Social engineering is all about blending in, getting potential victims to not notice and just go along with a situation without challenge. That’s a situation that the UK Ministry of Defence (MoD) is looking to change.
In a session at the Black Hat USA 2022 security conference, Simon Pavitt, head cyber awareness, behaviours and culture at the UK MMoD, and Stephen Dewsnip, behavioural scientist at Atkins outlined what the so-called fail-to challenge vulnerability is all about and what can be done to mitigate the risk.
Pavitt explained that fail-to-challenge occurs when an employee potentially notices something, someone out of place or an employee doing an action that they should not be doing, and then does nothing about it.
“There are only a few things that we really need people to do and that’s if they see something risky and identify it , they can try and intervene and if they can’t, they need to communicate the issue to someone who’s more equipped than they they are,” Pavitt said. “We need people to challenge and report.”
Doing the Right Thing Requires Training
As part of a UK Government effort, Dewsnip said that there was an initiative to try and reduce the prevalence of people taking portable electronic devices into certain protected areas.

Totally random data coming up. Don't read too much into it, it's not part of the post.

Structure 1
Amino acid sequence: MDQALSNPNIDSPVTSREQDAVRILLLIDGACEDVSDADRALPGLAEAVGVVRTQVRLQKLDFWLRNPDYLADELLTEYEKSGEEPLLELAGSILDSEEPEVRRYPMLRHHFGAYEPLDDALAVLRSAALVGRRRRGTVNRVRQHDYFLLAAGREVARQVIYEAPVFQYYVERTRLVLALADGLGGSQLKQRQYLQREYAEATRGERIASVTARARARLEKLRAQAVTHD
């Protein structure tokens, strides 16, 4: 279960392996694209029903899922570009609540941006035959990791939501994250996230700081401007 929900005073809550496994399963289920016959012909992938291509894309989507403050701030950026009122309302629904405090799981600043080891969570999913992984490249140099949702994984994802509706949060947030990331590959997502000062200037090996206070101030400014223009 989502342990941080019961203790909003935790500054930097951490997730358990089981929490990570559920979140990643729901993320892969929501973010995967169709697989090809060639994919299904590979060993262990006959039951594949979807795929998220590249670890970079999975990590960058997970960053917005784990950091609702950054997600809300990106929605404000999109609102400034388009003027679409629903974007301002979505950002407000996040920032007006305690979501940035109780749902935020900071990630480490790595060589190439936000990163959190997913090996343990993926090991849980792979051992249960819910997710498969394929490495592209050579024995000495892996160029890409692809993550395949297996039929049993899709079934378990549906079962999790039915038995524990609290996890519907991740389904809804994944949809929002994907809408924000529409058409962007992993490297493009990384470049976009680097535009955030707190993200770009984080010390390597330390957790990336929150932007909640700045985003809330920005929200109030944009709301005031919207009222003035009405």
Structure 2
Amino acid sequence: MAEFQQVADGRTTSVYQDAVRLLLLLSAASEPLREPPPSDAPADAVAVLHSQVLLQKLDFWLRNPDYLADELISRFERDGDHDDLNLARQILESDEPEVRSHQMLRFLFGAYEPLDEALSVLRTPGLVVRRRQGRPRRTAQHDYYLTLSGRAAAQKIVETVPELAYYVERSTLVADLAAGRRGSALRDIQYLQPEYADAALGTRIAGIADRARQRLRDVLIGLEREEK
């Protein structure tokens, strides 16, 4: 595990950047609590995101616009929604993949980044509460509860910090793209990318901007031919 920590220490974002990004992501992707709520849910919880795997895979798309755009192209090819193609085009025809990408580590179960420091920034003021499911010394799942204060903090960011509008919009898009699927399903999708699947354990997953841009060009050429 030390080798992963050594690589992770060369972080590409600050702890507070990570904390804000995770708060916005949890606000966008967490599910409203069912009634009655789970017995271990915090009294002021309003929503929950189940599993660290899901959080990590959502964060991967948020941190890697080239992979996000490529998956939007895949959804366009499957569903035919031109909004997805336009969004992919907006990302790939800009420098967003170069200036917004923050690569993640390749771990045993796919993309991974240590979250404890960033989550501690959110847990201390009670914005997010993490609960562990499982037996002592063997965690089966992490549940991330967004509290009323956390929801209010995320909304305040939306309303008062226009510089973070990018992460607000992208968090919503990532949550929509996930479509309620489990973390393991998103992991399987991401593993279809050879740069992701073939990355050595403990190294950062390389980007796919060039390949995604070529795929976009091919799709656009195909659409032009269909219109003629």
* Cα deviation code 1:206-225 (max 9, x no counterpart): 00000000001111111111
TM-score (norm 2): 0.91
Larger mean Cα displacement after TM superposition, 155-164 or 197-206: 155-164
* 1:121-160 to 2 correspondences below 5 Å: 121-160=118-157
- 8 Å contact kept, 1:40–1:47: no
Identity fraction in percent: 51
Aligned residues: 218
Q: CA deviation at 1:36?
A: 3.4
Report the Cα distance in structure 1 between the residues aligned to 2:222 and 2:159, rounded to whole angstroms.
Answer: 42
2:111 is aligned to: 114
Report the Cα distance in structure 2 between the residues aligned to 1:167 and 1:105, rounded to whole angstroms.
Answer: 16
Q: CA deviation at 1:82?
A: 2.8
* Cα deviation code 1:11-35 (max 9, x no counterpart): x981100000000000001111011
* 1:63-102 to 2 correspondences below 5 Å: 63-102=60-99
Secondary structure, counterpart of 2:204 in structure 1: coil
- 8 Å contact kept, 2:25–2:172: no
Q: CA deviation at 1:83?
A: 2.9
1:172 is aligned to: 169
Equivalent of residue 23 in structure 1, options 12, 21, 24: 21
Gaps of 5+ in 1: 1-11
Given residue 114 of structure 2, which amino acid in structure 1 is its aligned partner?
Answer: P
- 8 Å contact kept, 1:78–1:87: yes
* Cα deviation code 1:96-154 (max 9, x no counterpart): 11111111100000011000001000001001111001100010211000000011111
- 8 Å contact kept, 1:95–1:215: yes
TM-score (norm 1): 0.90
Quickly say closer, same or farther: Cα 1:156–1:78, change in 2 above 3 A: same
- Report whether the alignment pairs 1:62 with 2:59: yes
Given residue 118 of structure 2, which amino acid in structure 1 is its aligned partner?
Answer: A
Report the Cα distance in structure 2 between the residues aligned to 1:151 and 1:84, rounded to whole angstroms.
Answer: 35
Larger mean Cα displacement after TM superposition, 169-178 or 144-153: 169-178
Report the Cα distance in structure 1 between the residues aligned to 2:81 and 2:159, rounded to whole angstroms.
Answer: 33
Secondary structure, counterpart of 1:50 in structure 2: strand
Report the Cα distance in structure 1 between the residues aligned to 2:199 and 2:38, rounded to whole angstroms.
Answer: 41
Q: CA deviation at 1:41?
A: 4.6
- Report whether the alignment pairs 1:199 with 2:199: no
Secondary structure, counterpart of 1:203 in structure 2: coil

Dewsnip noted that while UK government staff knew what the policy was, few people were willing to stand up to it and point out offenders, telling them they can’t bring their smartphone into a given area. He commented that by default few individuals want to go to their colleagues and tell them that the thing that they’re doing is risky for their organization.
That said, the same approach of failing to challenge would never work with actual technology.
“Imagine a firewall that was afraid to query a request because it felt self conscious or was scared about being judged, would it be much use as a form of protection?” Dewsnip said. “The human network is exactly the same, we have to empower our people to feel confident and able to challenge, because that’s what keeps an organization safe.”
The UK MoD has developed a set of training exercises to help individual properly challenge those that are not acting within the bounds of security policies. To date, the initiative has engaged with over 850 people across multiple sites across the UK. According to Pavitt, the outcomes thus far have been overwhelmingly positive.